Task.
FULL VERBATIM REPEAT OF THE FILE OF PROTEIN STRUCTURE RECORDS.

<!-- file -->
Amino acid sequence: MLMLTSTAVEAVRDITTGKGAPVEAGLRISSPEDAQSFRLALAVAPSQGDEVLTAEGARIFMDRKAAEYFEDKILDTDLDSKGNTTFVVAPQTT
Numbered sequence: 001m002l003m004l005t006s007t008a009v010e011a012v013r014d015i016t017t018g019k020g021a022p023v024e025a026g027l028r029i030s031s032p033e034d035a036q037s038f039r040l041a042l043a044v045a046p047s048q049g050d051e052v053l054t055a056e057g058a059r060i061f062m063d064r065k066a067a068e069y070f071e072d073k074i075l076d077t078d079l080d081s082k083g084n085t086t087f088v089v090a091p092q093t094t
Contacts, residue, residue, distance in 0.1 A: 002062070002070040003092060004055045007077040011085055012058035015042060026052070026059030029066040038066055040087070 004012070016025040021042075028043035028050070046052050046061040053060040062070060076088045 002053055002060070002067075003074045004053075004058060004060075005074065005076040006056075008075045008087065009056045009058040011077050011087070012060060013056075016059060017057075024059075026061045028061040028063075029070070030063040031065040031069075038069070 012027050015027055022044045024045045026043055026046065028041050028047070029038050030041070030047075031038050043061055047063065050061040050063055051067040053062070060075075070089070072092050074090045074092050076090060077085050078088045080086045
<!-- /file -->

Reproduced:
Amino acid sequence: MLMLTSTAVEAVRDITTGKGAPVEAGLRISSPEDAQSFRLALAVAPSQGDEVLTAEGARIFMDRKAAEYFEDKILDTDLDSKGNTTFVVAPQTT
Numbered sequence: 001m002l003m004l005t006s007t008a009v010e011a012v013r014d015i016t017t018g019k020g021a022p023v024e025a026g027l028r029i030s031s032p033e034d035a036q037s038f039r040l041a042l043a044v045a046p047s048q049g050d051e052v053l054t055a056e057g058a059r060i061f062m063d064r065k066a067a068e069y070f071e072d073k074i075l076d077t078d079l080d081s082k083g084n085t086t087f088v089v090a091p092q093t094t
Contacts, residue, residue, distance in 0.1 A: 002062070002070040003092060004055045007077040011085055012058035015042060026052070026059030029066040038066055040087070 004012070016025040021042075028043035028050070046052050046061040053060040062070060076088045 002053055002060070002067075003074045004053075004058060004060075005074065005076040006056075008075045008087065009056045009058040011077050011087070012060060013056075016059060017057075024059075026061045028061040028063075029070070030063040031065040031069075038069070 012027050015027055022044045024045045026043055026046065028041050028047070029038050030041070030047075031038050043061055047063065050061040050063055051067040053062070060075075070089070072092050074090045074092050076090060077085050078088045080086045